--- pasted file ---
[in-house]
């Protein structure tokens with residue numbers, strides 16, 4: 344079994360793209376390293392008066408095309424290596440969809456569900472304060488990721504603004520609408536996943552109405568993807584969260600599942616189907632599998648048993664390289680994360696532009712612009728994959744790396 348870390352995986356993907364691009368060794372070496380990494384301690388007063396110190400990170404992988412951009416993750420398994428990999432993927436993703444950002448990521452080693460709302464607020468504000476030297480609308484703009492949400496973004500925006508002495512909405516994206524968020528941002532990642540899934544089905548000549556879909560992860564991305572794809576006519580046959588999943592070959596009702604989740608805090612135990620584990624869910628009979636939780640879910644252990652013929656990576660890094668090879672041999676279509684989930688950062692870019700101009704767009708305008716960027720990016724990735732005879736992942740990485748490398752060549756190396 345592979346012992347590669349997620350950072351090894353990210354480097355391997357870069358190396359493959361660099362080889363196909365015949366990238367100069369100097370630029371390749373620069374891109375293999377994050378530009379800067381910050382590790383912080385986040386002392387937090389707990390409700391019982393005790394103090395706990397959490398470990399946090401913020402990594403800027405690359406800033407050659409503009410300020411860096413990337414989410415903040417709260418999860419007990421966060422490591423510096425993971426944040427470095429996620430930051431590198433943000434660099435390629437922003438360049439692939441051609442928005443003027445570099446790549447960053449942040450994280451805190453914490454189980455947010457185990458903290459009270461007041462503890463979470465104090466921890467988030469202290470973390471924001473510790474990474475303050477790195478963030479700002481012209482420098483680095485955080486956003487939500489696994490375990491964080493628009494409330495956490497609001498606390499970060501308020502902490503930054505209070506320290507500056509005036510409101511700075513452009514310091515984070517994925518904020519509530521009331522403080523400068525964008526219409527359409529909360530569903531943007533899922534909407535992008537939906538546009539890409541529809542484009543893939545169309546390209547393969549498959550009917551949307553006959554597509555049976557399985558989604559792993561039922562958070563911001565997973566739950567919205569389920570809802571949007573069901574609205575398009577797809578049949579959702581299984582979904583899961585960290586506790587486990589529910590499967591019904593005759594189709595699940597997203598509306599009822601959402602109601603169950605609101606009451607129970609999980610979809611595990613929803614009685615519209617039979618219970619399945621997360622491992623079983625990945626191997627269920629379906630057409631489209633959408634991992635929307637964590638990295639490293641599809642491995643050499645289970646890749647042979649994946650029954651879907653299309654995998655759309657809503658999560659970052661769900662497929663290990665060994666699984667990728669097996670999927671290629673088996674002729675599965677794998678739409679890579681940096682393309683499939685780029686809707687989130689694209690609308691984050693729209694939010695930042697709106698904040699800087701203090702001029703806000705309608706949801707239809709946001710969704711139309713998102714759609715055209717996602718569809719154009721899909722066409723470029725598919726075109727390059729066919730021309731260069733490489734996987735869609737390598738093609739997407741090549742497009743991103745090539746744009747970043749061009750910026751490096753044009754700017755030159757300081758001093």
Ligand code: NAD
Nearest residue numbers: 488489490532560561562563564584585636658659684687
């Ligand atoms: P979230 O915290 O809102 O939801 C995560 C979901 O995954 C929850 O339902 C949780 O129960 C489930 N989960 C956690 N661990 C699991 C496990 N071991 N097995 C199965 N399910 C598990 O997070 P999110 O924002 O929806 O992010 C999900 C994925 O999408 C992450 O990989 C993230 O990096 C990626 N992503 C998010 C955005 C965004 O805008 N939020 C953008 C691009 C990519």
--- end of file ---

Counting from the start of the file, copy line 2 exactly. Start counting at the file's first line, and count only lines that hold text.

């Protein structure tokens with residue numbers, strides 16, 4: 344079994360793209376390293392008066408095309424290596440969809456569900472304060488990721504603004520609408536996943552109405568993807584969260600599942616189907632599998648048993664390289680994360696532009712612009728994959744790396 348870390352995986356993907364691009368060794372070496380990494384301690388007063396110190400990170404992988412951009416993750420398994428990999432993927436993703444950002448990521452080693460709302464607020468504000476030297480609308484703009492949400496973004500925006508002495512909405516994206524968020528941002532990642540899934544089905548000549556879909560992860564991305572794809576006519580046959588999943592070959596009702604989740608805090612135990620584990624869910628009979636939780640879910644252990652013929656990576660890094668090879672041999676279509684989930688950062692870019700101009704767009708305008716960027720990016724990735732005879736992942740990485748490398752060549756190396 345592979346012992347590669349997620350950072351090894353990210354480097355391997357870069358190396359493959361660099362080889363196909365015949366990238367100069369100097370630029371390749373620069374891109375293999377994050378530009379800067381910050382590790383912080385986040386002392387937090389707990390409700391019982393005790394103090395706990397959490398470990399946090401913020402990594403800027405690359406800033407050659409503009410300020411860096413990337414989410415903040417709260418999860419007990421966060422490591423510096425993971426944040427470095429996620430930051431590198433943000434660099435390629437922003438360049439692939441051609442928005443003027445570099446790549447960053449942040450994280451805190453914490454189980455947010457185990458903290459009270461007041462503890463979470465104090466921890467988030469202290470973390471924001473510790474990474475303050477790195478963030479700002481012209482420098483680095485955080486956003487939500489696994490375990491964080493628009494409330495956490497609001498606390499970060501308020502902490503930054505209070506320290507500056509005036510409101511700075513452009514310091515984070517994925518904020519509530521009331522403080523400068525964008526219409527359409529909360530569903531943007533899922534909407535992008537939906538546009539890409541529809542484009543893939545169309546390209547393969549498959550009917551949307553006959554597509555049976557399985558989604559792993561039922562958070563911001565997973566739950567919205569389920570809802571949007573069901574609205575398009577797809578049949579959702581299984582979904583899961585960290586506790587486990589529910590499967591019904593005759594189709595699940597997203598509306599009822601959402602109601603169950605609101606009451607129970609999980610979809611595990613929803614009685615519209617039979618219970619399945621997360622491992623079983625990945626191997627269920629379906630057409631489209633959408634991992635929307637964590638990295639490293641599809642491995643050499645289970646890749647042979649994946650029954651879907653299309654995998655759309657809503658999560659970052661769900662497929663290990665060994666699984667990728669097996670999927671290629673088996674002729675599965677794998678739409679890579681940096682393309683499939685780029686809707687989130689694209690609308691984050693729209694939010695930042697709106698904040699800087701203090702001029703806000705309608706949801707239809709946001710969704711139309713998102714759609715055209717996602718569809719154009721899909722066409723470029725598919726075109727390059729066919730021309731260069733490489734996987735869609737390598738093609739997407741090549742497009743991103745090539746744009747970043749061009750910026751490096753044009754700017755030159757300081758001093």